Owl & Panther Cultivates Resilience

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“On the seventh day, only the owl and the panther were still awake.
Because they did not succumb to sleep, they were given the power to see in the dark.”

– from a Cherokee Creation Story

There is a celebratory story of refugee families finding their voices and transcending trauma here in Tucson, and it is told by Owl & Panther, a 20-year old project of The Hopi Foundation. The Hopi Foundation’s Center for Prevention and Resolution of Violence initially facilitated support groups and tutoring, then broadened into an expressive arts priority that ensured a nurturing refuge for the vulnerable, building self-sufficiency and abilities to tell their stories. Owl & Panther helps the resettled refugee families heal and keep culture close through activities including writing, poetry and media workshops, community service and experiences in nature. Through exhibits, including the Museum of Sanctuary installation on exhibit at the Tucson Museum of Art until January 2016, refugee children see their work validated in ways that enhance their self-determination and establish a connection to the community.

At Owl and Panther

Having fun while learning to work as a community

Author and Teaching Artist Marge Pellegrino is Owl & Panther program manager, and she explains how Owl & Panther is an expression of justice as well as art:

“Most of the families we serve come from places without a ‘formal equality of rights and privileges’ that democracy implies. Within the OP, they have a voice they see honored and respected. They see/experience that their opinions and contributions can strengthen the group. The participants themselves all had a voice in creating the foundational guidelines for our safe-space community and we weave in experiences that support the interests and curiosities expressed.”

Program Roots in Hopi Tradition

According to the Owl & Panther website, the Hopi people have a fundamental belief in community through the practice of nami’nangwa and sumi’nangwa — traditional value of helping others in time of need and supporting the community for the benefit of humankind. The Hopi Foundation started its work with refugee families under The Sanctuary Movement during the late 1980s, helping Guatemalan families traumatized in their homeland transition to the United States.

“The Sanctuary Movement was a civil initiative of the 1980s that challenged a U.S. policy that disallowed those fleeing genocide in Central America from seeking asylum,” Marge explains. “After years of struggle, arrests, and a trial, those families were allowed to seek legal status. Many were being treated here in Tucson for the effects of torture, trauma, and traumatic dislocation. The parents expressed concern for their children. In 1995, the youth group that would later be called Owl & Panther was born from those expressed concerns.”

At Owl and Panther

Kids exercise critical thinking skills.

When refugee participants explore expression in non-judgmental ways, a sense of ownership and resilience is derived, according to findings of a 10-month Owl & Panther assessment. Maisa Taha, Assistant Professor of Anthropology at Montclair State University, was the post-doctoral researcher with the Bureau of Applied Research in Anthropology at The University of Arizona who led the assessment. “Based on what we learned, it’s not the art alone that is important but the particular ways Owl & Panther works with participants to encourage their art making. Through sustained attention to participants over the course of several years, Owl & Panther turns art into a tool for overcoming trauma, connecting people across cultures and languages, and building a sense of community. Art becomes a channel for validating the artists’ fundamental humanity.”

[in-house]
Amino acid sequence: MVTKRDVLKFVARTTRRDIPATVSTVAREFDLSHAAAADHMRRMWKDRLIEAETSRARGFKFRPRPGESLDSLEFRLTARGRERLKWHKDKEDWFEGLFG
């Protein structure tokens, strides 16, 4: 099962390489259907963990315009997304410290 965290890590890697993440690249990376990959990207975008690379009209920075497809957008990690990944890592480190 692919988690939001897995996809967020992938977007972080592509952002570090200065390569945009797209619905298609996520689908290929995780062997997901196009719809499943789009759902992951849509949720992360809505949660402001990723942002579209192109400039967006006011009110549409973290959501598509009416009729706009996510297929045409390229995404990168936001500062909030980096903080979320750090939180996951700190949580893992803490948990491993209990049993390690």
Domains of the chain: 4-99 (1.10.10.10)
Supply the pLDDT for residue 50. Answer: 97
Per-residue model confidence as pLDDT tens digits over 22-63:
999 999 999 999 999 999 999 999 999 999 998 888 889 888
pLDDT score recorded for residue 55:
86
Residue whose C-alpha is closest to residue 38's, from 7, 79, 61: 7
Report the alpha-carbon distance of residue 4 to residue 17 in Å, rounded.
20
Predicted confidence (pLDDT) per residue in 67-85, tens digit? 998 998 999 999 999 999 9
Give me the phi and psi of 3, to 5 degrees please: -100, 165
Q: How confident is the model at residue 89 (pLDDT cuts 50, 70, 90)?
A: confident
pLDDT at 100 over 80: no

Museum As Sanctuary

At Owl and Panther

Working from an art springboard.

A collaboration with the Tucson Museum of Arts Education Center has creatively amplified refugee voices since 2010: A Museum As Sanctuary multimedia exhibition of refugee stories and art involving culture, community, and identity. In the 2015 Perspectives of Resilience iteration, the exhibition features a handmade paper kites centerpiece, a creative expression of refugee wishes created with Vietnamese artist Anh-Thuy Nguyen.

“Museums are often assumed to be an ivory tower of privileged intellectual knowledge, but Museum as Sanctuary proves that museums, the artworks they contain, as well as the opportunities of creative expression, are for everyone,” notes Marianna Pegno, TMA Associate Curator of Education. “…The bridging of the art museum world, with the social justice world in Museum As Sanctuary, illuminates the ways in which art is a powerful tool for equity and justice — not just by leveling the museum playing field, but also displaying works of art with accompanying descriptions that are written/created from multiple perspectives. Museum As Sanctuary in its programmatic design, and the exhibition in its curatorial design, begin to shake up hierarchy in favor of a more equitable dialogue and practice.”

The studies illustrate what we intuitively know — that a sense of individual self-worth and empowerment is fundamental to civic health. “Engaging in the arts supports resilience,” says Marge. “I believe democracy is better supported by an educated resilient constituency.”


  • Watch a documentary and learn more about the 2015 Museum As Sanctuary TMA exhibition here.
  • MIT Center for Civic Media 2010 report of another refugee creative writing programs is here with blog and video here.

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